Episode 211 Part 1: Canadian Artist Colette Harmon on How Her Over-the-Top Jewelry Got its Start

Episode 211

What you’ll learn in this episode:

  • What the difference between an artist and a designer is
  • The barriers that can make it difficult for solo jewelry artists to enter the retail market, and how Colette overcame them
  • What Colette has discovered about her creative process by working with George Brown College psychology students on a research project
  • Why it’s important for artists to avoid looking at trends in stores and on social media too frequently
  • How a spontaneous haircut sparked Colette’s creativity and paved the way for her future business

About Colette Harmon

Colette Harmon’s one-of-a-kind accessories are a dazzling blend of crystal, mixed metals and semi-precious stones. With an appreciation for meticulous craftsmanship, the metal meshing and intricate beadwork in each of her statement pieces are an audacious departure from mainstream minimalism.

Born in Sisters Village, Guyana, Colette studied fashion design in Toronto before apprenticing as a belt and handbag designer for a leather goods manufacturer. Harmon soon founded her own eponymous label, whose name became synonymous with maximalist glamour.

Harmon’s modern approach to vintage flair has earned her a devoted following of customers, fans and fashion stylists from across North America. Her pieces have been sold in Saks Fifth Avenue and Holt Renfrew Canada, and her work has been featured in Elle Canada, Flare, Martha Stewart Weddings and Nylon. She currently focusses on one-of-a-kind couture creations for select clientele.   

Additional Resources:


24kt gold plated chain and crystal necklace

24kt gold plated, multi-strand collar, bib necklace – mix of crystals, semi-precious stones, glass beads, filigree and metal castings

Charm necklace – mix of crystal, semi-precious stones and glass beads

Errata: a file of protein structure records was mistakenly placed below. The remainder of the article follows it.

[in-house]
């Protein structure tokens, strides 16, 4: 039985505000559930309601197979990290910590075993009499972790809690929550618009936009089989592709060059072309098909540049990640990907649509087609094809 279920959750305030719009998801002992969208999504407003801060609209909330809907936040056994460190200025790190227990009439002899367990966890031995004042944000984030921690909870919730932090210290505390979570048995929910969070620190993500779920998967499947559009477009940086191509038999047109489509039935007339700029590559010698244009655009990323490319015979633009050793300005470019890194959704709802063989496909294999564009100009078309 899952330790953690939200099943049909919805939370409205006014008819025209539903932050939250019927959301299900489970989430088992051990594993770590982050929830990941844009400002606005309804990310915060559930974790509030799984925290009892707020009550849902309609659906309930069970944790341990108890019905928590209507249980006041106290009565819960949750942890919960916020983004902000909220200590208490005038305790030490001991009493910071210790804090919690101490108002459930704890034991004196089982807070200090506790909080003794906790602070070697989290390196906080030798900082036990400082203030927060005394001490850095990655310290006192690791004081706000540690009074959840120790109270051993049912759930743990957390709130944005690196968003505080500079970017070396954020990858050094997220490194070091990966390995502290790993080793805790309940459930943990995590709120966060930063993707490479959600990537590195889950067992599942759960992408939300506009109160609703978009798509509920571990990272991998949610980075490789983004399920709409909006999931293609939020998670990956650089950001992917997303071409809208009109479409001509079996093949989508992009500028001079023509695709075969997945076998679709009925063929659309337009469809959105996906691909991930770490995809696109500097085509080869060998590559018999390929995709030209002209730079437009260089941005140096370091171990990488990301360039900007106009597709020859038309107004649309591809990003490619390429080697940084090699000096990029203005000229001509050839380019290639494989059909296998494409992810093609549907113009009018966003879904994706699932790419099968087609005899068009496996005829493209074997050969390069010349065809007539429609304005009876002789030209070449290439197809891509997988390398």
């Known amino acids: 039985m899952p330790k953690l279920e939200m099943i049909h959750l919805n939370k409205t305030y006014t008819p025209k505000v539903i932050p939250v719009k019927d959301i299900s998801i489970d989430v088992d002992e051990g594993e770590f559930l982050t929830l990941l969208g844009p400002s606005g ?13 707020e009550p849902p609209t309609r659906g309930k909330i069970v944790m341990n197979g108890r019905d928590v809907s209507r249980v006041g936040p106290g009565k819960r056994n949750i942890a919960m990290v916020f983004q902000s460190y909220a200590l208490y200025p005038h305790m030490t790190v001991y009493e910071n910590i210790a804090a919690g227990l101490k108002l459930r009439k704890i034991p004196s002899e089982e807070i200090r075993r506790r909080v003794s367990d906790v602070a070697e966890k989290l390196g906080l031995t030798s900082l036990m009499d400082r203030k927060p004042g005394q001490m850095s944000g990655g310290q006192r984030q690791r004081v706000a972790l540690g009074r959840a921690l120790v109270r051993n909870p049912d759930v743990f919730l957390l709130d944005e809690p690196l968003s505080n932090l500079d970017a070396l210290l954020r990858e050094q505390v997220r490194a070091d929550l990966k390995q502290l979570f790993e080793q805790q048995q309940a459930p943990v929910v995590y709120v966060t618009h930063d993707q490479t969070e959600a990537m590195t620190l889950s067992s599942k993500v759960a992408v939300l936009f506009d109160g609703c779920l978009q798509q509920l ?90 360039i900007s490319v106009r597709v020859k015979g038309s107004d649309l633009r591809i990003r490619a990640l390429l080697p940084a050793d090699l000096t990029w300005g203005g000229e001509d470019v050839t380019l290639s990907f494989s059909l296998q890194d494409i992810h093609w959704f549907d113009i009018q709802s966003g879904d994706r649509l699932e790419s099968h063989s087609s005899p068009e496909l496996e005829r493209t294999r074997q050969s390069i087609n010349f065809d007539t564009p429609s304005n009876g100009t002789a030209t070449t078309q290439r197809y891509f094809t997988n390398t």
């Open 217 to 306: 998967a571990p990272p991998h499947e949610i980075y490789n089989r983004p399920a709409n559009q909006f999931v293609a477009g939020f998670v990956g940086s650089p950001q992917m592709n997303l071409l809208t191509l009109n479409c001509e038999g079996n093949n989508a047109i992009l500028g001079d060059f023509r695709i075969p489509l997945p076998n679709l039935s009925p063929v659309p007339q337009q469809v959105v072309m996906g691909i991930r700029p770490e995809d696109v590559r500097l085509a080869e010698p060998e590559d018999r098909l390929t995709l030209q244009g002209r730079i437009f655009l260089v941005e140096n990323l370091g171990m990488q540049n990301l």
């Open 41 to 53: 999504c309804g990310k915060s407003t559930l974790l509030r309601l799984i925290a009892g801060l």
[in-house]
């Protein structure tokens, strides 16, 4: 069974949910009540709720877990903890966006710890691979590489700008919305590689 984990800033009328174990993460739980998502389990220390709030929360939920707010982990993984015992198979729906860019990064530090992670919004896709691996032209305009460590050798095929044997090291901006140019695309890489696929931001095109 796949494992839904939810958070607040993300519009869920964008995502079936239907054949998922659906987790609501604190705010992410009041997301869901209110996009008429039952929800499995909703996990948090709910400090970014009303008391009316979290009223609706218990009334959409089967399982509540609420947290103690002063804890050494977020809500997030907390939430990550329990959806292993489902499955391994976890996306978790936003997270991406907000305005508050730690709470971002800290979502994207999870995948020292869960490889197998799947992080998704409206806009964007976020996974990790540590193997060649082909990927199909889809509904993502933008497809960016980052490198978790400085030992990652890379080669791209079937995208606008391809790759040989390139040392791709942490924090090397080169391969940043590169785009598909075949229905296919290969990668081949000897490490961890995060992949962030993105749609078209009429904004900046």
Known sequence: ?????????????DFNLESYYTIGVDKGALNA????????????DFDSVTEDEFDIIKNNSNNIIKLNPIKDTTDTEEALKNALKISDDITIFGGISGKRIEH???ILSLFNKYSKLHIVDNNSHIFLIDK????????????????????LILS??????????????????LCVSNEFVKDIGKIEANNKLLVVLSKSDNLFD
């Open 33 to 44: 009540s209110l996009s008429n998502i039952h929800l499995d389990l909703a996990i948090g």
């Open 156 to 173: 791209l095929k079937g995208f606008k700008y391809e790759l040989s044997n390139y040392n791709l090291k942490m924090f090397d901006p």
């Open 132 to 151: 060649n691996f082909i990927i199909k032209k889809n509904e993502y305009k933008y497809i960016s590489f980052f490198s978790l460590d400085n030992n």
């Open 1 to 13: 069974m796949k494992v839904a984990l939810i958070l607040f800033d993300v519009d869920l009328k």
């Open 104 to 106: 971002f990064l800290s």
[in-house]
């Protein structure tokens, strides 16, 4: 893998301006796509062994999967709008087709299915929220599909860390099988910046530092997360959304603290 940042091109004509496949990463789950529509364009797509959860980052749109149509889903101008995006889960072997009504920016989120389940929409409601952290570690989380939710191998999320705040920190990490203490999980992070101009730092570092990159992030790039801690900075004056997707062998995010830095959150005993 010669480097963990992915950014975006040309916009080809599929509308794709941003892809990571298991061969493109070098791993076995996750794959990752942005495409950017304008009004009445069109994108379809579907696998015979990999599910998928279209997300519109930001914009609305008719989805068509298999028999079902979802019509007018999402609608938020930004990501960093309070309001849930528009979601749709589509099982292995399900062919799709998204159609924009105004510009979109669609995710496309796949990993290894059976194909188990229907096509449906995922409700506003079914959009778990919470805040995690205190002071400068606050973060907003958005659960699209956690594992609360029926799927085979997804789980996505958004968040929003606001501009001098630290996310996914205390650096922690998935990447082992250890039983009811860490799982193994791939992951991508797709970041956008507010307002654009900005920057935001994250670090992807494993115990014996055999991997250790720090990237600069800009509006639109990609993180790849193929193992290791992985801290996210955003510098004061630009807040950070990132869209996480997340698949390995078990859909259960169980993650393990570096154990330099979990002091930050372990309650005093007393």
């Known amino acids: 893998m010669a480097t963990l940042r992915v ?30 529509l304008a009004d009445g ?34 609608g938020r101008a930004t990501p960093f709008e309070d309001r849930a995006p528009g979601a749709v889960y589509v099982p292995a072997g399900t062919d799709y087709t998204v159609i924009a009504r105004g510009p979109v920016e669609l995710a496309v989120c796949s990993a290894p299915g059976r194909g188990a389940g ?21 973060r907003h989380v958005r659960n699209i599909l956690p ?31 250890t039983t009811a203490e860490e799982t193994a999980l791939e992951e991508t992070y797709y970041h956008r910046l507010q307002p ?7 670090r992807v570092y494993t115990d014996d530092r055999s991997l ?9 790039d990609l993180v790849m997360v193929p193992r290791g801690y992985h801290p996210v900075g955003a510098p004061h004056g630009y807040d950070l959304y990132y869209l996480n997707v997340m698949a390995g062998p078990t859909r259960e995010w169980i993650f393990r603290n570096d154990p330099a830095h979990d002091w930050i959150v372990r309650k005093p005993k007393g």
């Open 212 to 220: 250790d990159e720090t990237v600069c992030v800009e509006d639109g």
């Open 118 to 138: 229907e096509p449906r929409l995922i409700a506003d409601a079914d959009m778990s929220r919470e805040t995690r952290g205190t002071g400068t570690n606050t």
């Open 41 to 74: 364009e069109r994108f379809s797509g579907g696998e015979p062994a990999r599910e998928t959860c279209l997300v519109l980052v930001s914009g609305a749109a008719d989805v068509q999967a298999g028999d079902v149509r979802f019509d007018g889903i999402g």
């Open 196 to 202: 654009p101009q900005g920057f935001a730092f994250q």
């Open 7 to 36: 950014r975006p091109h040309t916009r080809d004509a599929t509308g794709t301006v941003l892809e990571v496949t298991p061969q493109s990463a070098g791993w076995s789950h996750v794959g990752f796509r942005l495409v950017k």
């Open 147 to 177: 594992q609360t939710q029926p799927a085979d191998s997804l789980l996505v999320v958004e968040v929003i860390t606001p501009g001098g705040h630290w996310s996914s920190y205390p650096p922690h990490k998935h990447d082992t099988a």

Facetted crystal and chain beaded caplet – photo by Tash Damjanovic

24kt gold plated chain and rhinestone cascading waterfall necklace

Multi-strand bib, collar necklace – mix of semi-precious stones, crystal and glass beads


Colette Harmon has seen many trends come and go over the course of her career, but she has never let that influence her work. She has always found an audience for her one-of-a-kind jewelry, even when her hallmark maximalism is supposedly “out.” She joined the Jewelry Journey Podcast to talk about why she defines herself as an artist; how she nurtures her creative vision; and how her job as a leather accessories designer led to jewelry (and how that experience may come full circle in the near future). Read the episode transcript here.

Sharon: Hello, everyone. Welcome to the Jewelry Journey Podcast. This is the first part of a two-part episode. Please make sure you subscribe so you can hear part two as soon as it’s released later this week.

Today, my guest is Colette Harmon, who is speaking to us from Canada. Toronto to be more specific. I have to say I’ve never met her, and I’ve never seen her jewelry in person, but it’s my kind of jewelry. It’s over-the-top kind of jewelry. You may have seen it on a celebrity on the stage or screen, but if you’ve seen it, you’d remember it. I couldn’t find a lot of information about Colette, so I’m going to let her tell you her story. Colette, welcome to the program.

Colette: Thank you so much, Sharon. It’s a pleasure to be here.

Sharon: I’m so glad to have you. It took us a while to connect, to actually make this happen. Are you a designer? How do you refer to yourself? A Canadian designer?

Colette: That’s a good question. I don’t think of myself as Canadian, but I am a Canadian designer. I think of myself more as an artist as opposed to a designer. To me, a designer is someone who—can I start again?

Sharon: Yes.

Colette: Let me start again. To me, a designer is someone who creates things that can be worn by the masses, who is able to distill things and make them very simple so that everyone can wear them. Like you said, I’m more over the top. I don’t think about the masses. I create for myself. I create things that I, myself, would wear. I don’t really think about it, and I don’t really want the masses to wear my pieces. I want them to be unique. Maybe not one-of-a-kind, but limited editions. I don’t want to see my pieces everywhere on everybody. When you’re creating things that will be liked and appreciated by many, many people, it becomes distilled and watered down. To me, it loses its soul and its energy. Others might not think that, but that’s how I think of myself.

Sharon: I just wanted to ask you, you’re from Guyana. Am I saying that right? Guyana?

Colette: From Guyana, yes. I was born in a little place called Sisters Village, Guyana.

Sharon: When did you come over here? Were you young or a child?

Colette: I came at the age of five. I came with my parents, my mom and my dad. I have two brothers.

Sharon: So, you came with your family.

Colette: Yes.

Sharon: And when did you start designing jewelry or other things?